Using Personas in the Web Design Process

October 2004

Information Architect Steve Mulder spoke at the Boston-IA meeting on September 29, 2004, about using personas to help design better user experiences for everyone on the World Wide Web.

Boston-IA kicked off its 2004-2005 program year by diving into practical topics to give information architects, usability specialists, and other Internet professionals the tools they need to create better user experiences for everyone.

Topic: "Personas: Making Your Users Real"

Date: September 29, 2004

Speaker: Steve Mulder

Location: Bentley University
Waltham, Massachusetts

Information Architect and Web guru Steve Mulder gave an amusing and informative presentation, full of examples, about the use of personas in the Web design and development process.

Steve Mulder is a senior consultant in the User Experience group at Molecular in Watertown, Massachusetts. He has delivered successful user experiences for clients such as Morgan Stanley, PC Connection, Estee Lauder, 3M, and Lycos.

Steve brings together the disciplines of information architecture and usability. Through his expertise in information architecture, he translates knowledge about customers into effective features, site structure, navigation, and search systems. Through his expertise in usability, Steve applies testing techniques to guarantee that the solutions will work for the intended audience.

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In his presentation, Steve explained that personas are profiles of the types people most likely to visit your Web site. Personas are a very effective tool for focusing the decision-making and design process on the goals and behaviors of real users throughout the Web design process.

During his talk, Steve discussed why personas are valuable and how to create them, including research techniques, user segmentation, and the details that make these fictional characters come to life. Then he showed how personas can be useful throughout the entire site creation process, from prioritizing features through information architecture and visual design.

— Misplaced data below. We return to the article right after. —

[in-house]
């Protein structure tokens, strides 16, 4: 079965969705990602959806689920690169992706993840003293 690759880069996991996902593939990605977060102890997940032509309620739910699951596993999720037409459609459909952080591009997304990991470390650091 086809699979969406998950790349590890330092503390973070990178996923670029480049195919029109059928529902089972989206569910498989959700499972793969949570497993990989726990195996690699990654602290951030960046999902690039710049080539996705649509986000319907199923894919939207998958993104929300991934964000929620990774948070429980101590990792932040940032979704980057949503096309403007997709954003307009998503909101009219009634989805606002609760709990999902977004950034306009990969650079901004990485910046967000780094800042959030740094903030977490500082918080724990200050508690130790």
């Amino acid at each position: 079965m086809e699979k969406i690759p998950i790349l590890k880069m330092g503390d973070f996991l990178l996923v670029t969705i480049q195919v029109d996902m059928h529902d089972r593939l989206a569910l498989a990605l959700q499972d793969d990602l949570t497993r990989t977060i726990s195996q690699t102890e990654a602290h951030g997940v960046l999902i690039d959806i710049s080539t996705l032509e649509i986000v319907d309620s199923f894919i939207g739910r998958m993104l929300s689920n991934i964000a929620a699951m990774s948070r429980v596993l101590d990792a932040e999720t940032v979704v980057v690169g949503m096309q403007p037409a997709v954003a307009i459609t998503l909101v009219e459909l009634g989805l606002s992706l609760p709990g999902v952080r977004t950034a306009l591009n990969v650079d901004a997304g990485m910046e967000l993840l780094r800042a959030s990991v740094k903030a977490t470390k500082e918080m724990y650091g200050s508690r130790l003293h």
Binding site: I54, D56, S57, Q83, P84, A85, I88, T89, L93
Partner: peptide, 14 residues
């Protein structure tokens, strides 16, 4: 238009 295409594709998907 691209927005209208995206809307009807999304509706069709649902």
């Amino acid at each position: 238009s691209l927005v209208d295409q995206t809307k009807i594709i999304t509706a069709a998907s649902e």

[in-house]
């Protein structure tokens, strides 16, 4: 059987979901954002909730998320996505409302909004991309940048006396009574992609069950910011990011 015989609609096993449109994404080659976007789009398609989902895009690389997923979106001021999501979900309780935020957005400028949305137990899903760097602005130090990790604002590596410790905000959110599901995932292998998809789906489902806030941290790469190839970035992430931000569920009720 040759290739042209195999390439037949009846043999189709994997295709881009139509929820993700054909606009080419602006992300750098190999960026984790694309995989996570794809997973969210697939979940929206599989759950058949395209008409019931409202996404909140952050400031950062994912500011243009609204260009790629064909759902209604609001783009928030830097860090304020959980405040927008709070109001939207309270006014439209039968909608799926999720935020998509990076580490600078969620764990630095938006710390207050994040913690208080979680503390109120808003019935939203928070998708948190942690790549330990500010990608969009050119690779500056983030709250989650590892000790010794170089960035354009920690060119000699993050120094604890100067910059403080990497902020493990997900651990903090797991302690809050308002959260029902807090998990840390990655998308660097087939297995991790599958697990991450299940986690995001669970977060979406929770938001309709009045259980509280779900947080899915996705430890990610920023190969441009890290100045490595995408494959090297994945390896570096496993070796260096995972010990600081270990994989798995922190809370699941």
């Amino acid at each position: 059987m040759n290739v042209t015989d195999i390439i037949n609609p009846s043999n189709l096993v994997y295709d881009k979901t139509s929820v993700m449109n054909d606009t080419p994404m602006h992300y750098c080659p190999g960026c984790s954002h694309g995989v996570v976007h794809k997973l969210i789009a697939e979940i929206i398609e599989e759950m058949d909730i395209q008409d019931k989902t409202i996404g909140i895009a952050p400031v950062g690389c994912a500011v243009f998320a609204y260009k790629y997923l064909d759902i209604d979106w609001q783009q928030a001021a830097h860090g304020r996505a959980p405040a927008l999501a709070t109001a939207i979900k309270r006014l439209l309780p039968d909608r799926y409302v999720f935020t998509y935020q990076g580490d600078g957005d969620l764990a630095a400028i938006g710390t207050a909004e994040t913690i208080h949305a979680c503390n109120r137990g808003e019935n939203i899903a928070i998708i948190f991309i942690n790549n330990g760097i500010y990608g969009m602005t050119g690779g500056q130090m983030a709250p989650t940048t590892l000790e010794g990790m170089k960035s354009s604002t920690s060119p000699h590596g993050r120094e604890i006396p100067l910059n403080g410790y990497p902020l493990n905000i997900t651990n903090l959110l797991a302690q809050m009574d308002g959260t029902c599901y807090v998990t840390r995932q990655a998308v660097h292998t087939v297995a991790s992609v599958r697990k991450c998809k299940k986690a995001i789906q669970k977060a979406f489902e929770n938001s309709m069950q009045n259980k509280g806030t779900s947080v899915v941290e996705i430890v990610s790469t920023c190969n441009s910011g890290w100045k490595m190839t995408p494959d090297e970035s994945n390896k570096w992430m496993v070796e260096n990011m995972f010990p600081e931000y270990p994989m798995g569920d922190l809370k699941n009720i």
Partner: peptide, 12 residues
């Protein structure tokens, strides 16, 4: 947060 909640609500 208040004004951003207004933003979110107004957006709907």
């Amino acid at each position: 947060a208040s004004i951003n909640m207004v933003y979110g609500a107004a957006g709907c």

In his presentation, Steve summarized the basic steps for creating personas:

  • Start development of personas during the research stage.
  • Analyze data from existing traffic logs, user interviews, and usability tests to connect user intentions with their activities.
  • Segment Web site visitors into groups based on their goals and behavior.
  • Choose a few representative user types from that data, and identify user goals and business objectives for each one.
  • Attach names, photos, and details to make the personas you create seem more real.
  • Create stories to document various scenarios typical users might encounter while visiting the new site.

Using personas helps the project team internalize the characters and more easily consider real user needs during decision-making throughout the information architecture and visual design phases.

To apply personas during accessibility initiatives, be sure to include details about disabilities when developing character descriptions.

Web sites will be most inclusive when designers recognize the diversity of potential users and the variety of their experience, whether they use assistive technologies or simply have different abilities and preferences.

Steve concluded his presentation with a list of resources for learning more about personas, including:

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